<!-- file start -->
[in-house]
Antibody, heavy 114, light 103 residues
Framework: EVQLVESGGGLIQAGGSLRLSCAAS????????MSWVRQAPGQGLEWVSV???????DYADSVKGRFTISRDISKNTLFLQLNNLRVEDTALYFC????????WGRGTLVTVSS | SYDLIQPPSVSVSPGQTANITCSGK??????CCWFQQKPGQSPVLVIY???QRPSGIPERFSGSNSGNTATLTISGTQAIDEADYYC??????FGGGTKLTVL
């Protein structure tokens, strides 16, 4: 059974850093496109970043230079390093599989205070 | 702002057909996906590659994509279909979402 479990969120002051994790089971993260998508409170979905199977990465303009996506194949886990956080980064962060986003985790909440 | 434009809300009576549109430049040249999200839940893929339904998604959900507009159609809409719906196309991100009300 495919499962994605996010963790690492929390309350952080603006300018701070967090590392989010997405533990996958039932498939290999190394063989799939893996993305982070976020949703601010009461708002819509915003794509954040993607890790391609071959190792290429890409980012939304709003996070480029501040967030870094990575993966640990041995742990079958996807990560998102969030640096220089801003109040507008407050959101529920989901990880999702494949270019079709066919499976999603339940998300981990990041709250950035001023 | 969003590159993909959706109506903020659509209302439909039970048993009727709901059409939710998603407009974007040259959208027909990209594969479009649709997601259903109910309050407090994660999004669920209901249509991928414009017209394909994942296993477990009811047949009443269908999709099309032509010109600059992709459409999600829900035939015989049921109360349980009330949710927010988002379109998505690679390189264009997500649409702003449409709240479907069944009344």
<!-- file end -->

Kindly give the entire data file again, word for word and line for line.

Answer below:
[in-house]
Antibody, heavy 114, light 103 residues
Framework: EVQLVESGGGLIQAGGSLRLSCAAS????????MSWVRQAPGQGLEWVSV???????DYADSVKGRFTISRDISKNTLFLQLNNLRVEDTALYFC????????WGRGTLVTVSS | SYDLIQPPSVSVSPGQTANITCSGK??????CCWFQQKPGQSPVLVIY???QRPSGIPERFSGSNSGNTATLTISGTQAIDEADYYC??????FGGGTKLTVL
């Protein structure tokens, strides 16, 4: 059974850093496109970043230079390093599989205070 | 702002057909996906590659994509279909979402 479990969120002051994790089971993260998508409170979905199977990465303009996506194949886990956080980064962060986003985790909440 | 434009809300009576549109430049040249999200839940893929339904998604959900507009159609809409719906196309991100009300 495919499962994605996010963790690492929390309350952080603006300018701070967090590392989010997405533990996958039932498939290999190394063989799939893996993305982070976020949703601010009461708002819509915003794509954040993607890790391609071959190792290429890409980012939304709003996070480029501040967030870094990575993966640990041995742990079958996807990560998102969030640096220089801003109040507008407050959101529920989901990880999702494949270019079709066919499976999603339940998300981990990041709250950035001023 | 969003590159993909959706109506903020659509209302439909039970048993009727709901059409939710998603407009974007040259959208027909990209594969479009649709997601259903109910309050407090994660999004669920209901249509991928414009017209394909994942296993477990009811047949009443269908999709099309032509010109600059992709459409999600829900035939015989049921109360349980009330949710927010988002379109998505690679390189264009997500649409702003449409709240479907069944009344």